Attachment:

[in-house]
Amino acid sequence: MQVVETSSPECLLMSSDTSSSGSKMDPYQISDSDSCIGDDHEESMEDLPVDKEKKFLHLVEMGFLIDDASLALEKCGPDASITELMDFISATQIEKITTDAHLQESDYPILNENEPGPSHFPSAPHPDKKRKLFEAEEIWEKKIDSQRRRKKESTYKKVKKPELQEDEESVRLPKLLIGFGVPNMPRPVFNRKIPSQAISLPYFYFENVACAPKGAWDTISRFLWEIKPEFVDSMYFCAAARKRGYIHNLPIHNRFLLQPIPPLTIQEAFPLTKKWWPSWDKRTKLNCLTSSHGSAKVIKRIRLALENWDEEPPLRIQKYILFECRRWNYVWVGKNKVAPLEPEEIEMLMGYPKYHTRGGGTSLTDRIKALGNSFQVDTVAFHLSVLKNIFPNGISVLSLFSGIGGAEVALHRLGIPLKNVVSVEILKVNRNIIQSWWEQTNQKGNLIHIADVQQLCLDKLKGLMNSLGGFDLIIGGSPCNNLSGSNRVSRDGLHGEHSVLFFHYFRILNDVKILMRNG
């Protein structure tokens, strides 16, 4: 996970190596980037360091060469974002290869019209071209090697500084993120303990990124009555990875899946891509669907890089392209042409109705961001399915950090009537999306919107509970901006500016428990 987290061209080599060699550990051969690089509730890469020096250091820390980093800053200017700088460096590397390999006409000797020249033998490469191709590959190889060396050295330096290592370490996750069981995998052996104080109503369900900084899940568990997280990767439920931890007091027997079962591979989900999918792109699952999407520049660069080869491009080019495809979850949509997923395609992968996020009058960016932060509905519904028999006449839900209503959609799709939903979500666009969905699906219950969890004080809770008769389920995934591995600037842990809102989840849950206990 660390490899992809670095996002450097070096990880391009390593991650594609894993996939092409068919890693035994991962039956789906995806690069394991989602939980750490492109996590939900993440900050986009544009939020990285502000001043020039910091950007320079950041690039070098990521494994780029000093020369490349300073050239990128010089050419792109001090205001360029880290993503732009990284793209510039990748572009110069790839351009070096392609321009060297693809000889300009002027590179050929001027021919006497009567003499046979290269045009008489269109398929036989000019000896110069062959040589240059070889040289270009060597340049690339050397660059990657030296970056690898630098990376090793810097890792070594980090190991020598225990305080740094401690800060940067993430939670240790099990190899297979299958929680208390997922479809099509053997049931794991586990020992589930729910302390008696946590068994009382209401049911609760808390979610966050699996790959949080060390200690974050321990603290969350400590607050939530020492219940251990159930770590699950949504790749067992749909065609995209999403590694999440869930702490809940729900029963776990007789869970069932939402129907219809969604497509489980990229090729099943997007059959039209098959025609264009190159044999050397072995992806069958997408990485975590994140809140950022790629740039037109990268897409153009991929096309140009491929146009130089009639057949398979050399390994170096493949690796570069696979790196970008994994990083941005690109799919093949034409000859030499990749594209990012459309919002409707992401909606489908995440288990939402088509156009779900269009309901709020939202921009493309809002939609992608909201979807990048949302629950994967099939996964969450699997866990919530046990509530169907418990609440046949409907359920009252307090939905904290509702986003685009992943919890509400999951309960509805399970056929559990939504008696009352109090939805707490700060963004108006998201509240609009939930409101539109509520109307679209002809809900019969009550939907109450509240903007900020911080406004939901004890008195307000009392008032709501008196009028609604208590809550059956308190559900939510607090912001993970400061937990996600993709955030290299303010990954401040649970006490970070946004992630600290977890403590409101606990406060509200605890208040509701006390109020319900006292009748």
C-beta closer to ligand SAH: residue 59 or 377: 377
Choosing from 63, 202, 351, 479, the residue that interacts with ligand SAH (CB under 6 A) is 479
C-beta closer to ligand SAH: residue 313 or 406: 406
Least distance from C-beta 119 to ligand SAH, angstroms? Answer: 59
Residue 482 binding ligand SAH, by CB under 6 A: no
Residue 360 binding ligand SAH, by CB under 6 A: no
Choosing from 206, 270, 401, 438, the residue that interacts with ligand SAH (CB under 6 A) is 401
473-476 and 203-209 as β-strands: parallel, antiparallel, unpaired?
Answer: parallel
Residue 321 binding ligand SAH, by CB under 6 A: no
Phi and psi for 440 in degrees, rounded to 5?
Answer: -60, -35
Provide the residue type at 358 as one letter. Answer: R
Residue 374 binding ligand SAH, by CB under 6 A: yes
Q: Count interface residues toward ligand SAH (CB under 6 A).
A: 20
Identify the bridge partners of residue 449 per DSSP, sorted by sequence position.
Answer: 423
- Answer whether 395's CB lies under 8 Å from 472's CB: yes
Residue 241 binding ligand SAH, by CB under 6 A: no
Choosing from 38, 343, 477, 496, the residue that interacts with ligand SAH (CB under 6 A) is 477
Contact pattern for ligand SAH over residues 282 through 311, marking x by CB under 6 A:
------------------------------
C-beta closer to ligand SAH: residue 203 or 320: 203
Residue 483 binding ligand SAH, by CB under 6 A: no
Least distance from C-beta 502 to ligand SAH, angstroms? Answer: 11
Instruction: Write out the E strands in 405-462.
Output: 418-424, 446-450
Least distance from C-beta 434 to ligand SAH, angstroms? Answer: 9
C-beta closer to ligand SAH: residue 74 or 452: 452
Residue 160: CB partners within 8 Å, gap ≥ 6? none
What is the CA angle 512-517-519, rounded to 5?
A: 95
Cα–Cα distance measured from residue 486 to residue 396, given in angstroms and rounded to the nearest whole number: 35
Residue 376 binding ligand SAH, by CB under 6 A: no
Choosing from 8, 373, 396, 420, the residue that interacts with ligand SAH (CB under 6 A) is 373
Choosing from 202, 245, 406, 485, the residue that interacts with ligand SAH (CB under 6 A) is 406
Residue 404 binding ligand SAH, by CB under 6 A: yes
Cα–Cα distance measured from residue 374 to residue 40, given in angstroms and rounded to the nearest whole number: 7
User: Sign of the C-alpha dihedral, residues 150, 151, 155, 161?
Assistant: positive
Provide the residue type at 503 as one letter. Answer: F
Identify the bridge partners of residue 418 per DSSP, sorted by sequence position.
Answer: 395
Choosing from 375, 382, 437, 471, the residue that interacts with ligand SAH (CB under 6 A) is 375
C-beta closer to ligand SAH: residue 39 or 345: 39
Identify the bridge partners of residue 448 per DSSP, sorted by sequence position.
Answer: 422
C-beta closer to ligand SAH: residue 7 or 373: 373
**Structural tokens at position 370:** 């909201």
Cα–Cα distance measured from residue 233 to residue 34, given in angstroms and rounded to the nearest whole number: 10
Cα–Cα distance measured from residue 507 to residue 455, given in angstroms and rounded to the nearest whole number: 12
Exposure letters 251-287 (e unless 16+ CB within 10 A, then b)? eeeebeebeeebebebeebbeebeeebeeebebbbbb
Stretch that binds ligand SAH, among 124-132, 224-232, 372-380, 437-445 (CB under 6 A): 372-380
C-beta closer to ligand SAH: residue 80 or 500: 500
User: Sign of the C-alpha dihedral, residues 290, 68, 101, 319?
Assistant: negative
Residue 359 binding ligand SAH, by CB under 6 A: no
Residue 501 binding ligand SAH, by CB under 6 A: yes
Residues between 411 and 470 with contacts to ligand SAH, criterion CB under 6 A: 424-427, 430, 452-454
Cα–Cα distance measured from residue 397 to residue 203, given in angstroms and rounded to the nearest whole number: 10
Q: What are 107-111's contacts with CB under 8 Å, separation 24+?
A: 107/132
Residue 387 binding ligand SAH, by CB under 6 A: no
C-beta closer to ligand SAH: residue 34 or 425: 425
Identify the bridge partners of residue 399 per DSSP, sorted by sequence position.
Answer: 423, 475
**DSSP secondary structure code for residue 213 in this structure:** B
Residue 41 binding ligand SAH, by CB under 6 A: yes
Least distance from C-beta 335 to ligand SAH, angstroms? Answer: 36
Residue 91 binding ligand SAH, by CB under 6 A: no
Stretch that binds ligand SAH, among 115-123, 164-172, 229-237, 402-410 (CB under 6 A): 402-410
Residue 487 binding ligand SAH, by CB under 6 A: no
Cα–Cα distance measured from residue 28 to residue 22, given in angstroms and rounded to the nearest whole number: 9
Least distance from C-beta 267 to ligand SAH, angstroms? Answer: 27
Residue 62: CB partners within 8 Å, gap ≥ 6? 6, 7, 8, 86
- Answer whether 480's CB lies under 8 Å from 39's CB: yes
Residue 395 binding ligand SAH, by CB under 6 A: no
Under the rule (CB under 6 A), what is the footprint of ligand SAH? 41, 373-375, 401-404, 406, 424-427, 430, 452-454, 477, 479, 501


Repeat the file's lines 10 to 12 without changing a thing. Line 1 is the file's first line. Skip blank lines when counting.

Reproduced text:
Choosing from 206, 270, 401, 438, the residue that interacts with ligand SAH (CB under 6 A) is 401
473-476 and 203-209 as β-strands: parallel, antiparallel, unpaired?
Answer: parallel